Why Care?

Why should we care about the church fathers? After all, they lived a long time ago; they weren’t inspired; they had limited knowledge and perspective when it came to ancient history. Craig Allert, in his new book Early Christian Readings of Genesis One, opens by considering this question. There are several good reasons for us to care and to pay attention to their writings.

God’s Faithfulness. We look back to the writings and wrestlings of the ancient Fathers because we inhabit a long heritage, with a trail that has been blazed by those who came before. We care about the church fathers, first and foremost, because we believe in God and in his power and plan.

The past is not just ages passed; rather, we inhabit it in and through our community of faith. It does not gloss over sin and corruption in our history – it believes that God has always been with his church, even when it was corrupted (“On this rock I will build my church, and the gates of Hades will not prevail against it.” Mt 16:18). It does not seek to excise entire chunks of our history, because doing so would question God’s presence in his church during these times of difficulty and even unfaithfulness. (p. 36)

That the church has failed at times is evident. The failure of God’s people is a recurring theme of Scripture and it continues into the age of the church. We are called back to faithfulness from unfaithfulness, but God is always faithful and his Spirit has been active in the church from the beginning. God has cared for his church through time and we should care about the thinking (good and bad) of those who came before.

But there is more.

Immersed in Scripture. We also care about the church fathers because they were immersed in Scripture and took the Old Testament and the apostolic writings now part of our New Testament canon very seriously. Allert notes that “Anyone who takes the time to read a treatise by one of them cannot miss the overwhelming presence of Scripture that is cites, alluded to, and assumed on every page.” (p. 38) While we may question some of their interpretations (no one gets it all right – then or now), most are quite sound. The early church was grounded in Scripture and the story of God’s people.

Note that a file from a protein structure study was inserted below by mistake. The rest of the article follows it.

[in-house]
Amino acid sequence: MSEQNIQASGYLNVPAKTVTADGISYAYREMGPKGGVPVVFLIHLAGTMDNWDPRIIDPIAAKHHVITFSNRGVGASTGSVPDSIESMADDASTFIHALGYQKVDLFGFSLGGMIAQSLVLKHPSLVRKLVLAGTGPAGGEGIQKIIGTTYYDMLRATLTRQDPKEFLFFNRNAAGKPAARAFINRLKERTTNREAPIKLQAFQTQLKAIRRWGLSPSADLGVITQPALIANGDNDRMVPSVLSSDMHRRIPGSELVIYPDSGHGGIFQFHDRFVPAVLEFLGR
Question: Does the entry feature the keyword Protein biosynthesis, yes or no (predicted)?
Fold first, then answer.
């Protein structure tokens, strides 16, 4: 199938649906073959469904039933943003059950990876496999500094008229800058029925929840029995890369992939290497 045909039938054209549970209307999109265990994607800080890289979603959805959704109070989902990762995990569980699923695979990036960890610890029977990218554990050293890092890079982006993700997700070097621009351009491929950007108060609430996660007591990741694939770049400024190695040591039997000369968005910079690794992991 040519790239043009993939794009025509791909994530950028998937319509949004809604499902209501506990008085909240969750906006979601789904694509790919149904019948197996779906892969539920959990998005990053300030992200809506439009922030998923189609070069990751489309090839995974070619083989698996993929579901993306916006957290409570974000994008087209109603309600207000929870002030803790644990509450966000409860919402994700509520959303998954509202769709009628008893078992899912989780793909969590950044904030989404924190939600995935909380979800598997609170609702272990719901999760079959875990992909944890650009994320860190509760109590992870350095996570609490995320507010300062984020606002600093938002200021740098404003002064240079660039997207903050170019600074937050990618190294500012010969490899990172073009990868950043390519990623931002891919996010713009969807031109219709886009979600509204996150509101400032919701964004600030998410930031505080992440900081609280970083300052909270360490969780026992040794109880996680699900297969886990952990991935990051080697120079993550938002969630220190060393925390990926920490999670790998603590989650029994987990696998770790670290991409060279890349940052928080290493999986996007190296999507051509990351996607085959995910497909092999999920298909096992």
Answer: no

Wrestled with Theology. We care about the church fathers because they wrestled carefully and pastorally with the implications of the life, death and resurrection of Jesus as God’s Messiah. Allert lists a number of key issued carefully considered by the early church fathers – doctrines of continued importance today. (p. 41-44)

They wrestled with the questions of authority and the canon of Scripture.

They wrestled with the nature of the Trinity. (A totally new concept!)

They wrestled with the incarnation and the relationship between the humanity and divinity of Christ.

They worked to understand the nature of Christ’s work through his life, death, and resurrection.

They sought to understand the implications for humanity – and what it means to be human.

They considered the question of the church. What is the church? What is its tasks? What dangers lurk? and so forth.

They looked forward to the future and the resurrection.

Their writings on these topics are worth reading – and shaped much of what we believe even today.

Appreciate the Mystery. We care about the church fathers because they help us appreciate the mystery of our faith. Coming from a different age, they were not irrational … but they were also not tied to the overemphasis on reason rampant in our modern world. In fact, some caution against over reliance on reason. Allert suggests that there are two kinds of mystery. One kind is an “investigative mystery” where there is a problem to be solved. Once the solution is found the mystery is gone. Too often we approach our faith as just such a mystery. But there is another kind of mystery, Allert terms this a revelational mystery. “Revelational mystery revolves around what is unknown and ungraspable – this is why it remains a mystery even though it is revealed.” (p. 49) Many truths in Scripture are communicated as mysteries and the early church fathers emphasize and celebrate these mysteries. An over reliance on reason makes God a problem to be solved and one we may think we have “solved.” There is great danger in this. Allert concludes “Then he must fit our categories and he becomes the God we think he should be. The Fathers encourage us to let God be God.” (p. 49-50)

All good reasons to read and think along with the early Church fathers.

Why should we care about early church thought?

How does it help us to understand our faith better today?

If you wish to contact me directly you may do so at rjs4mail[at]att.net

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